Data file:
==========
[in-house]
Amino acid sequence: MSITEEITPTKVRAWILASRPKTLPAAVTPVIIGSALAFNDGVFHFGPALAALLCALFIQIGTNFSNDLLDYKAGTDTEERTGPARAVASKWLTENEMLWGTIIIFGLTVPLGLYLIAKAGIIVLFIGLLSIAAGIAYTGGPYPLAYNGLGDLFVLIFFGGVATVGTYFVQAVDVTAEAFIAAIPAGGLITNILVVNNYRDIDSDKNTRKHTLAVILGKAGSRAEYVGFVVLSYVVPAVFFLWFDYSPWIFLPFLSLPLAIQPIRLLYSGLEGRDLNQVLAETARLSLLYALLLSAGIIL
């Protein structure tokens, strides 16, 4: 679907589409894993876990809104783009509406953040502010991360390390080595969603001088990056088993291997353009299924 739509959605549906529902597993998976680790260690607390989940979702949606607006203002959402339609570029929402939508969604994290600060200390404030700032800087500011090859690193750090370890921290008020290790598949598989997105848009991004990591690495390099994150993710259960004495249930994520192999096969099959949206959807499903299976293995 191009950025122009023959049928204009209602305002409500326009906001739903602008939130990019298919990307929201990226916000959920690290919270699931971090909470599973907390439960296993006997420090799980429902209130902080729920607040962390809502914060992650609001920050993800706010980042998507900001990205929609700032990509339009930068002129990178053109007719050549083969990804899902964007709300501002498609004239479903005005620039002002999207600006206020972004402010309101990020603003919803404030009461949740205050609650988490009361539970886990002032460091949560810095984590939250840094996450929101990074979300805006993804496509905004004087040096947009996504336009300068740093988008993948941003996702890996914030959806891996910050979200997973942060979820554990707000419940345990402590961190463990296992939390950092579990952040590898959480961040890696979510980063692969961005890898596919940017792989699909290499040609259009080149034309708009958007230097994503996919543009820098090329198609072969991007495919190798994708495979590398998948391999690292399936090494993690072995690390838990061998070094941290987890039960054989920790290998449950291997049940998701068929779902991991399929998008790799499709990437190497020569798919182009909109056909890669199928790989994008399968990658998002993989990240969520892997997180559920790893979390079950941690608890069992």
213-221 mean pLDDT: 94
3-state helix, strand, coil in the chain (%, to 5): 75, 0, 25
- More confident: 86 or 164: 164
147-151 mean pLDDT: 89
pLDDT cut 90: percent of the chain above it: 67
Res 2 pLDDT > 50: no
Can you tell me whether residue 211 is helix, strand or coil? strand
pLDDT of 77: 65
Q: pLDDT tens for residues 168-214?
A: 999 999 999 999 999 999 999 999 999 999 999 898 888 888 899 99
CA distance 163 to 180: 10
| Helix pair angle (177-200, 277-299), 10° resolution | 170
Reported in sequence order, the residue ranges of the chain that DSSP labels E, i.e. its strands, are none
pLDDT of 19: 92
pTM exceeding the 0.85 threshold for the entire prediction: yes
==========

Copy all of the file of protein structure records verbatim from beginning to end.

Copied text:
[in-house]
Amino acid sequence: MSITEEITPTKVRAWILASRPKTLPAAVTPVIIGSALAFNDGVFHFGPALAALLCALFIQIGTNFSNDLLDYKAGTDTEERTGPARAVASKWLTENEMLWGTIIIFGLTVPLGLYLIAKAGIIVLFIGLLSIAAGIAYTGGPYPLAYNGLGDLFVLIFFGGVATVGTYFVQAVDVTAEAFIAAIPAGGLITNILVVNNYRDIDSDKNTRKHTLAVILGKAGSRAEYVGFVVLSYVVPAVFFLWFDYSPWIFLPFLSLPLAIQPIRLLYSGLEGRDLNQVLAETARLSLLYALLLSAGIIL
């Protein structure tokens, strides 16, 4: 679907589409894993876990809104783009509406953040502010991360390390080595969603001088990056088993291997353009299924 739509959605549906529902597993998976680790260690607390989940979702949606607006203002959402339609570029929402939508969604994290600060200390404030700032800087500011090859690193750090370890921290008020290790598949598989997105848009991004990591690495390099994150993710259960004495249930994520192999096969099959949206959807499903299976293995 191009950025122009023959049928204009209602305002409500326009906001739903602008939130990019298919990307929201990226916000959920690290919270699931971090909470599973907390439960296993006997420090799980429902209130902080729920607040962390809502914060992650609001920050993800706010980042998507900001990205929609700032990509339009930068002129990178053109007719050549083969990804899902964007709300501002498609004239479903005005620039002002999207600006206020972004402010309101990020603003919803404030009461949740205050609650988490009361539970886990002032460091949560810095984590939250840094996450929101990074979300805006993804496509905004004087040096947009996504336009300068740093988008993948941003996702890996914030959806891996910050979200997973942060979820554990707000419940345990402590961190463990296992939390950092579990952040590898959480961040890696979510980063692969961005890898596919940017792989699909290499040609259009080149034309708009958007230097994503996919543009820098090329198609072969991007495919190798994708495979590398998948391999690292399936090494993690072995690390838990061998070094941290987890039960054989920790290998449950291997049940998701068929779902991991399929998008790799499709990437190497020569798919182009909109056909890669199928790989994008399968990658998002993989990240969520892997997180559920790893979390079950941690608890069992």
213-221 mean pLDDT: 94
3-state helix, strand, coil in the chain (%, to 5): 75, 0, 25
- More confident: 86 or 164: 164
147-151 mean pLDDT: 89
pLDDT cut 90: percent of the chain above it: 67
Res 2 pLDDT > 50: no
Can you tell me whether residue 211 is helix, strand or coil? strand
pLDDT of 77: 65
Q: pLDDT tens for residues 168-214?
A: 999 999 999 999 999 999 999 999 999 999 999 898 888 888 899 99
CA distance 163 to 180: 10
| Helix pair angle (177-200, 277-299), 10° resolution | 170
Reported in sequence order, the residue ranges of the chain that DSSP labels E, i.e. its strands, are none
pLDDT of 19: 92
pTM exceeding the 0.85 threshold for the entire prediction: yes